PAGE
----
How will China’s property markets perform in challenging economic conditions?
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How will China’s property markets perform in challenging economic conditions?

by Kenny Ho, head of China research, Jones Lang LaSalle.

Tough times for developers

Amid already challenging macroeconomic conditions, Chinese developers recently have become the main targets of government tightening measures. After a year of record sales, capital raising and land acquisition, many developers now find themselves short of cash. The Chinese government’s concern has not been to lower overall housing prices but to ensure the availability of affordable housing supply. One action the government took to achieve this policy goal was to increase rural land supply in anticipation that developers will use it to develop affordable residential units.

However, buoyant land prices in the second half of 2007 acted against such government actions and effectively turned land meant for affordable housing into future high-cost residential units. In response, the government cut off developers’ finances by tightening domestic loans and by restricting foreign direct and indirect (via capital markets) investments into Chinese real estate companies. Compared with just a quarter ago, when developers had little interest in partnering with property investment funds, today these same developers are scrambling to secure investment from anyone and everyone.

Occupier demand for real estate unaffected thus far

In contrast to the tight real estate investment and capital markets, occupancy demand for real estate remains high in all sectors. According to our latest first-quarter data, office demand continued to be strong in the major cities as rental levels showed significant increases in Shanghai (up 3.1%) , Beijing (up 1.7%), Chengdu (up 4.6%) and Tianjin (up 3.0%). The feedback from our leasing teams has been that, with the exception of a few large international banks which suffered significant losses recently, the majority of corporations are sticking to their expansion plans. Even for corporations that might be rethinking their expansion plans, we believe this to be a temporary delay rather than a reversal of their China business strategy. On the residential side, contrary to media reports of a market rebound in certain cities such as Shanghai, we found no evidence of a substantive rebound. In fact, the reported rebound proved to be mostly seasonal and was consistent with market performance during the same periods in 2006 and 2007.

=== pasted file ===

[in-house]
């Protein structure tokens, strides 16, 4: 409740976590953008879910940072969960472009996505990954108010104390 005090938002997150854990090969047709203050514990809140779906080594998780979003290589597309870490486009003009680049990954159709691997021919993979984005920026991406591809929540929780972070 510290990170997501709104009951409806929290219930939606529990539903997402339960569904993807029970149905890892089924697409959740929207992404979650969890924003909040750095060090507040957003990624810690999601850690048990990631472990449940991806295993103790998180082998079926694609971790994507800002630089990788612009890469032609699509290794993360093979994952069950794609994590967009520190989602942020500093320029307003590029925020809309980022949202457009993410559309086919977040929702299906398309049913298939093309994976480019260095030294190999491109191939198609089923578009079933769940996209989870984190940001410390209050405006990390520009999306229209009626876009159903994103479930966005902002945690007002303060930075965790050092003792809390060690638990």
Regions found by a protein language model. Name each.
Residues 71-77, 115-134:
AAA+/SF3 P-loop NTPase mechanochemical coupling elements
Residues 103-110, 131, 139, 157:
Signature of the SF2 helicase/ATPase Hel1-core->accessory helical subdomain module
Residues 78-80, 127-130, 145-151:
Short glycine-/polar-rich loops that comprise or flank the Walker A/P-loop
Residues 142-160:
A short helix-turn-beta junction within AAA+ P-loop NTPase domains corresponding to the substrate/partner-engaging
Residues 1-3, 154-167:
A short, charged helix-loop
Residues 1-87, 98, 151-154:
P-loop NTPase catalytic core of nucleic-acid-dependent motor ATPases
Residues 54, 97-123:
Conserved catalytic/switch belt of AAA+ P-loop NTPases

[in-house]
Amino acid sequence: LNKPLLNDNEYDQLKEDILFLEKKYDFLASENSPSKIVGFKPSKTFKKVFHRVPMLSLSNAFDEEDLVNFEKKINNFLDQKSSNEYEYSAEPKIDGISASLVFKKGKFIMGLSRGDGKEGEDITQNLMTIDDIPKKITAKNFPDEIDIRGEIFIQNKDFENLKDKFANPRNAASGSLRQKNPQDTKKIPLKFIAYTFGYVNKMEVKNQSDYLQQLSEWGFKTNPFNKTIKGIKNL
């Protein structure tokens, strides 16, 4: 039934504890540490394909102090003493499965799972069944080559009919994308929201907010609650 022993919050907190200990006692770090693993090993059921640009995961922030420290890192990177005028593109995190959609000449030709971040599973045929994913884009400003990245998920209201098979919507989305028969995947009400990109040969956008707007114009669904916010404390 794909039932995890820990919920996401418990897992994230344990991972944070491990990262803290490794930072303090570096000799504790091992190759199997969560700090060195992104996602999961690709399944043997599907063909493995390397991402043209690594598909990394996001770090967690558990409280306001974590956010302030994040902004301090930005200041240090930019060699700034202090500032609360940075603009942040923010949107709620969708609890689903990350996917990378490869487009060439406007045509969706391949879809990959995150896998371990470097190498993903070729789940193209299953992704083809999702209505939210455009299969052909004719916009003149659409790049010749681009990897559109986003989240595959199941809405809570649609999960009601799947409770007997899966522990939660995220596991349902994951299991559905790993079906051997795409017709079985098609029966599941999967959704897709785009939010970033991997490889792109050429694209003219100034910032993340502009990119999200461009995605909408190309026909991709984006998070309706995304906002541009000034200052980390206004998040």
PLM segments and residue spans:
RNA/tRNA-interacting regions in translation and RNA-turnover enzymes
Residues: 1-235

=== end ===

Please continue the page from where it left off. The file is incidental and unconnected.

Renminbi appreciation begin to weigh in on rental growth

While it is too early to determine the full impact of the US economic downturn on the Chinese economy, we maintain a positive outlook on mid-term to long-term real estate demand. However, demand growth might not necessarily translate into future rental growth. In fact, we are concerned that the increasing pace of renminbi appreciation will begin to pull against rental growth.

For the office sector, even though we saw solid rental increases in the first quarter of 2008 on the back of the strong leasing market, tenants are likely to have tighter cost controls going forward and be more reluctant to accept increases in both the exchange rate and real rent.

For the luxury and high-end residential leasing markets, where expatriate housing demand growth is slowing and supply is plenty, we are already seeing rentals softening. The only sector in which we do not expect the strong renminbi to have an impact on rentals is the retail sector. Since retailers make their sales revenue in local currency, the currency gains from sales should offset currency losses in occupancy costs.

Conclusion: Cash is king, but only in renminbi

In conclusion, our view is that the current market slowdown is largely a result of uncertainty surrounding macroeconomic conditions, both domestic and abroad. Inflation is expected to ease in the second half of the year while the economy remains on a pace to achieve over 9% annual growth. With real demand staying strong, we believe that current market conditions provide a good buying opportunity for investors. Given the government’s tight control of real estate capital markets, we believe it will be the foreign investors with access to renminbi and domestic players with strong balance sheets that will come out ahead.

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